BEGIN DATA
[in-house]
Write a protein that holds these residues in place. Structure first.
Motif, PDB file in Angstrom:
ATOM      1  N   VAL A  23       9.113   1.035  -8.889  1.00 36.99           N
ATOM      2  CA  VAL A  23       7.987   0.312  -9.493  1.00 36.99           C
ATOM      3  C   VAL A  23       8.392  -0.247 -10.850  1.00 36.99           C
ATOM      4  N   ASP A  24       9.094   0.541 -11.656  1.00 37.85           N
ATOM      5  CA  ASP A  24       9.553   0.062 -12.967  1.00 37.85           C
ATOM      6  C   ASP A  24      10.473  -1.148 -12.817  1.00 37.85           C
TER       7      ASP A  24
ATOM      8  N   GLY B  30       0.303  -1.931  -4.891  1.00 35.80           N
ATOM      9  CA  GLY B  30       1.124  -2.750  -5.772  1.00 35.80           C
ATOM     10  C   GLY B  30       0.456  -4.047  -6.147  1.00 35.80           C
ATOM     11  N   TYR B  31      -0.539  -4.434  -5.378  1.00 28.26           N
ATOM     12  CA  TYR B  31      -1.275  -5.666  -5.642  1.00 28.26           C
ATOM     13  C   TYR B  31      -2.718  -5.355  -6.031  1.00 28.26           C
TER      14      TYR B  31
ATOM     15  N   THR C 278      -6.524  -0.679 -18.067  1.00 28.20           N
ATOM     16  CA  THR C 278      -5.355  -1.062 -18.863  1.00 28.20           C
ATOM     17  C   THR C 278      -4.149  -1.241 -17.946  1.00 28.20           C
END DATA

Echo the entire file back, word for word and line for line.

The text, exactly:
[in-house]
Write a protein that holds these residues in place. Structure first.
Motif, PDB file in Angstrom:
ATOM      1  N   VAL A  23       9.113   1.035  -8.889  1.00 36.99           N
ATOM      2  CA  VAL A  23       7.987   0.312  -9.493  1.00 36.99           C
ATOM      3  C   VAL A  23       8.392  -0.247 -10.850  1.00 36.99           C
ATOM      4  N   ASP A  24       9.094   0.541 -11.656  1.00 37.85           N
ATOM      5  CA  ASP A  24       9.553   0.062 -12.967  1.00 37.85           C
ATOM      6  C   ASP A  24      10.473  -1.148 -12.817  1.00 37.85           C
TER       7      ASP A  24
ATOM      8  N   GLY B  30       0.303  -1.931  -4.891  1.00 35.80           N
ATOM      9  CA  GLY B  30       1.124  -2.750  -5.772  1.00 35.80           C
ATOM     10  C   GLY B  30       0.456  -4.047  -6.147  1.00 35.80           C
ATOM     11  N   TYR B  31      -0.539  -4.434  -5.378  1.00 28.26           N
ATOM     12  CA  TYR B  31      -1.275  -5.666  -5.642  1.00 28.26           C
ATOM     13  C   TYR B  31      -2.718  -5.355  -6.031  1.00 28.26           C
TER      14      TYR B  31
ATOM     15  N   THR C 278      -6.524  -0.679 -18.067  1.00 28.20           N
ATOM     16  CA  THR C 278      -5.355  -1.062 -18.863  1.00 28.20           C
ATOM     17  C   THR C 278      -4.149  -1.241 -17.946  1.00 28.20           C